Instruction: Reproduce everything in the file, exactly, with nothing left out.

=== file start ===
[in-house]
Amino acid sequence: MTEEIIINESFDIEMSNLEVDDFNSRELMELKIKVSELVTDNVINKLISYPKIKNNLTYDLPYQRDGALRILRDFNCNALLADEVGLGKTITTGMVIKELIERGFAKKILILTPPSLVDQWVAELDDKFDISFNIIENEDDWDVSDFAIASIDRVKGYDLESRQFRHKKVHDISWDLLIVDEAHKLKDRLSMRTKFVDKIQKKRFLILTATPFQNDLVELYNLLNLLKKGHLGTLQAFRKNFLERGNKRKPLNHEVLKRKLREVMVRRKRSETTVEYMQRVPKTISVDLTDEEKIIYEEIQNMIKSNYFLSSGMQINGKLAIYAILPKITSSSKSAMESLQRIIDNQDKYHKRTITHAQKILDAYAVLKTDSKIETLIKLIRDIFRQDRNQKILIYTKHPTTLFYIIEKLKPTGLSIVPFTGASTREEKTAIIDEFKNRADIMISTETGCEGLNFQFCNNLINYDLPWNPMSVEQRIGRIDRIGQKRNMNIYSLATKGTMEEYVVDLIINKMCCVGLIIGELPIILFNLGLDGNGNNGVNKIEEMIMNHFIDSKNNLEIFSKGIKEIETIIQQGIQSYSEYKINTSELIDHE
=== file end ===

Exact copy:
[in-house]
Amino acid sequence: MTEEIIINESFDIEMSNLEVDDFNSRELMELKIKVSELVTDNVINKLISYPKIKNNLTYDLPYQRDGALRILRDFNCNALLADEVGLGKTITTGMVIKELIERGFAKKILILTPPSLVDQWVAELDDKFDISFNIIENEDDWDVSDFAIASIDRVKGYDLESRQFRHKKVHDISWDLLIVDEAHKLKDRLSMRTKFVDKIQKKRFLILTATPFQNDLVELYNLLNLLKKGHLGTLQAFRKNFLERGNKRKPLNHEVLKRKLREVMVRRKRSETTVEYMQRVPKTISVDLTDEEKIIYEEIQNMIKSNYFLSSGMQINGKLAIYAILPKITSSSKSAMESLQRIIDNQDKYHKRTITHAQKILDAYAVLKTDSKIETLIKLIRDIFRQDRNQKILIYTKHPTTLFYIIEKLKPTGLSIVPFTGASTREEKTAIIDEFKNRADIMISTETGCEGLNFQFCNNLINYDLPWNPMSVEQRIGRIDRIGQKRNMNIYSLATKGTMEEYVVDLIINKMCCVGLIIGELPIILFNLGLDGNGNNGVNKIEEMIMNHFIDSKNNLEIFSKGIKEIETIIQQGIQSYSEYKINTSELIDHE